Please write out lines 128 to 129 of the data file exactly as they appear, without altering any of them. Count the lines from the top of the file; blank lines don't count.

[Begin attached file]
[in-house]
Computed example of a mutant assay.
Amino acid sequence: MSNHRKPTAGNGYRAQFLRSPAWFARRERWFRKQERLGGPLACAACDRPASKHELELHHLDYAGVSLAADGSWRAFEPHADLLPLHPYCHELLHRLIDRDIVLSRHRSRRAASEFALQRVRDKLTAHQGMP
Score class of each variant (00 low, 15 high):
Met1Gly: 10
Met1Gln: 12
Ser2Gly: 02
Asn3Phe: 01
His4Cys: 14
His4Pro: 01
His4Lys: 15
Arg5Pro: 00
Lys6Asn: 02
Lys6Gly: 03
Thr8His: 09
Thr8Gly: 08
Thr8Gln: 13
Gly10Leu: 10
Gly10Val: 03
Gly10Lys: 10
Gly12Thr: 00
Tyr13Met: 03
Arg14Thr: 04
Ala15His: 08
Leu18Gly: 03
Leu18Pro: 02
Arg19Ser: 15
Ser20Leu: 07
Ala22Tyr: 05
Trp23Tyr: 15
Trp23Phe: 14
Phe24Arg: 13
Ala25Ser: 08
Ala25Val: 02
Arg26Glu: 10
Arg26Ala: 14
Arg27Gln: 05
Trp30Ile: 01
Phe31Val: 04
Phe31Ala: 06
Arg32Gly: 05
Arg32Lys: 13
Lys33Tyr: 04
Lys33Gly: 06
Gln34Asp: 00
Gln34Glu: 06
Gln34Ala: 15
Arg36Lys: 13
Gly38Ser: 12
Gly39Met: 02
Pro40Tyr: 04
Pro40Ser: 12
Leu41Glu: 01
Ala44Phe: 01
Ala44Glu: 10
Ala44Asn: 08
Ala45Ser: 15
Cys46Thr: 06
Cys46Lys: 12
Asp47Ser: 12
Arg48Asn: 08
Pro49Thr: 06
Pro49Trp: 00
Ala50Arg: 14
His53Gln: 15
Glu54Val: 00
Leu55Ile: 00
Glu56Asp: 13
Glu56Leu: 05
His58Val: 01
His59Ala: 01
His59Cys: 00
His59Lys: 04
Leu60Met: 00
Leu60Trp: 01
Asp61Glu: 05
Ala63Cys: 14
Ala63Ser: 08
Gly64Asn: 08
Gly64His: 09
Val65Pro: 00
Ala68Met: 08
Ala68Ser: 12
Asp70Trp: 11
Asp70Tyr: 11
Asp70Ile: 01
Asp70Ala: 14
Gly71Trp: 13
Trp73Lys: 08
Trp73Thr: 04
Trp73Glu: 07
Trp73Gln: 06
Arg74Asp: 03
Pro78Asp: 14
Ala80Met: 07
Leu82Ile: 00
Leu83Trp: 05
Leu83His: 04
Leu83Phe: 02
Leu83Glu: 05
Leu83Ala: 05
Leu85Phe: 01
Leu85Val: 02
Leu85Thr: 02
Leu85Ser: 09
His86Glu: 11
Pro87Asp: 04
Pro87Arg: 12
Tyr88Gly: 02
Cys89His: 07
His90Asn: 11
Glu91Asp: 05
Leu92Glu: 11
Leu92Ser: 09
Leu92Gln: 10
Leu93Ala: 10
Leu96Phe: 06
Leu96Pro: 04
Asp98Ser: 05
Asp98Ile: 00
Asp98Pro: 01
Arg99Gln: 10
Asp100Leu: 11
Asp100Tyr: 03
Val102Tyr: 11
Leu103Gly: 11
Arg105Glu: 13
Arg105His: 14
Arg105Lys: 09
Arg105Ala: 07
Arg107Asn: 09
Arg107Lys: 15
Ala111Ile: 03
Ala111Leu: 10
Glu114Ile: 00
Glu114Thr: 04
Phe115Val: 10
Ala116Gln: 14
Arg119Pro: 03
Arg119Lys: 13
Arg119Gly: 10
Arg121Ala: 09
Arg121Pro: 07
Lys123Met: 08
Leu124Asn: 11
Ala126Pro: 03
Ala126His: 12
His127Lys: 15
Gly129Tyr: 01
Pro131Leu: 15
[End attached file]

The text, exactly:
Arg105His: 14
Arg105Lys: 09